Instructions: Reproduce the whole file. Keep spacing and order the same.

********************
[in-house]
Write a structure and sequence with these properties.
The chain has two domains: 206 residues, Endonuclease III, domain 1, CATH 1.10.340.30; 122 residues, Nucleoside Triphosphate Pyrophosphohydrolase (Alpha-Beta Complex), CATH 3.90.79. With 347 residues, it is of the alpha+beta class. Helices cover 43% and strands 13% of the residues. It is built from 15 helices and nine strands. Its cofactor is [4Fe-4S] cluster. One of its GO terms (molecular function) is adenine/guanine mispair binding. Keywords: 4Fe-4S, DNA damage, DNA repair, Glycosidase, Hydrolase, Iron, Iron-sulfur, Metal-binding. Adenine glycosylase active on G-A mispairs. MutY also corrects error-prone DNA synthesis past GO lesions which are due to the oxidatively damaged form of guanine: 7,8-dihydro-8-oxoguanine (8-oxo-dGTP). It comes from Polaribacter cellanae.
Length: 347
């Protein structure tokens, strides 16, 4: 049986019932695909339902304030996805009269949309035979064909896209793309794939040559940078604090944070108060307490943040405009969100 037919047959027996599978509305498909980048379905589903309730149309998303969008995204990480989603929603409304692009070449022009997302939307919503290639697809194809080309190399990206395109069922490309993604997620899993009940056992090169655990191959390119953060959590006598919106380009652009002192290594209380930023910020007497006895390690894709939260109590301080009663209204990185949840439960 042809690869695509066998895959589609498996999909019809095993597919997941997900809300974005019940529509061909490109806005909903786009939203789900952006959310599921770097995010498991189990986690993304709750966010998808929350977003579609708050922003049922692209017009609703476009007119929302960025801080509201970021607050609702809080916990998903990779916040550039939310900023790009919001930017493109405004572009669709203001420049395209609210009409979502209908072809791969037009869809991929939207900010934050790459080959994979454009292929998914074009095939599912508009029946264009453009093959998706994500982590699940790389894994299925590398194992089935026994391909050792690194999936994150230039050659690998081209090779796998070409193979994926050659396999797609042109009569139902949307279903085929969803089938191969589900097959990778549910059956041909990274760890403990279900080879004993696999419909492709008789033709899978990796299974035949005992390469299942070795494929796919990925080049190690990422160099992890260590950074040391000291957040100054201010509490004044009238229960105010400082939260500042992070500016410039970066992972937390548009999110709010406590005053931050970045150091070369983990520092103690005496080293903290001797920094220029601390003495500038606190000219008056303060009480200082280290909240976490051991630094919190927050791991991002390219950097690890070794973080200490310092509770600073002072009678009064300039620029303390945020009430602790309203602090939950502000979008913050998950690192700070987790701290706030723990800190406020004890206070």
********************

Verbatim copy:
[in-house]
Write a structure and sequence with these properties.
The chain has two domains: 206 residues, Endonuclease III, domain 1, CATH 1.10.340.30; 122 residues, Nucleoside Triphosphate Pyrophosphohydrolase (Alpha-Beta Complex), CATH 3.90.79. With 347 residues, it is of the alpha+beta class. Helices cover 43% and strands 13% of the residues. It is built from 15 helices and nine strands. Its cofactor is [4Fe-4S] cluster. One of its GO terms (molecular function) is adenine/guanine mispair binding. Keywords: 4Fe-4S, DNA damage, DNA repair, Glycosidase, Hydrolase, Iron, Iron-sulfur, Metal-binding. Adenine glycosylase active on G-A mispairs. MutY also corrects error-prone DNA synthesis past GO lesions which are due to the oxidatively damaged form of guanine: 7,8-dihydro-8-oxoguanine (8-oxo-dGTP). It comes from Polaribacter cellanae.
Length: 347
């Protein structure tokens, strides 16, 4: 049986019932695909339902304030996805009269949309035979064909896209793309794939040559940078604090944070108060307490943040405009969100 037919047959027996599978509305498909980048379905589903309730149309998303969008995204990480989603929603409304692009070449022009997302939307919503290639697809194809080309190399990206395109069922490309993604997620899993009940056992090169655990191959390119953060959590006598919106380009652009002192290594209380930023910020007497006895390690894709939260109590301080009663209204990185949840439960 042809690869695509066998895959589609498996999909019809095993597919997941997900809300974005019940529509061909490109806005909903786009939203789900952006959310599921770097995010498991189990986690993304709750966010998808929350977003579609708050922003049922692209017009609703476009007119929302960025801080509201970021607050609702809080916990998903990779916040550039939310900023790009919001930017493109405004572009669709203001420049395209609210009409979502209908072809791969037009869809991929939207900010934050790459080959994979454009292929998914074009095939599912508009029946264009453009093959998706994500982590699940790389894994299925590398194992089935026994391909050792690194999936994150230039050659690998081209090779796998070409193979994926050659396999797609042109009569139902949307279903085929969803089938191969589900097959990778549910059956041909990274760890403990279900080879004993696999419909492709008789033709899978990796299974035949005992390469299942070795494929796919990925080049190690990422160099992890260590950074040391000291957040100054201010509490004044009238229960105010400082939260500042992070500016410039970066992972937390548009999110709010406590005053931050970045150091070369983990520092103690005496080293903290001797920094220029601390003495500038606190000219008056303060009480200082280290909240976490051991630094919190927050791991991002390219950097690890070794973080200490310092509770600073002072009678009064300039620029303390945020009430602790309203602090939950502000979008913050998950690192700070987790701290706030723990800190406020004890206070």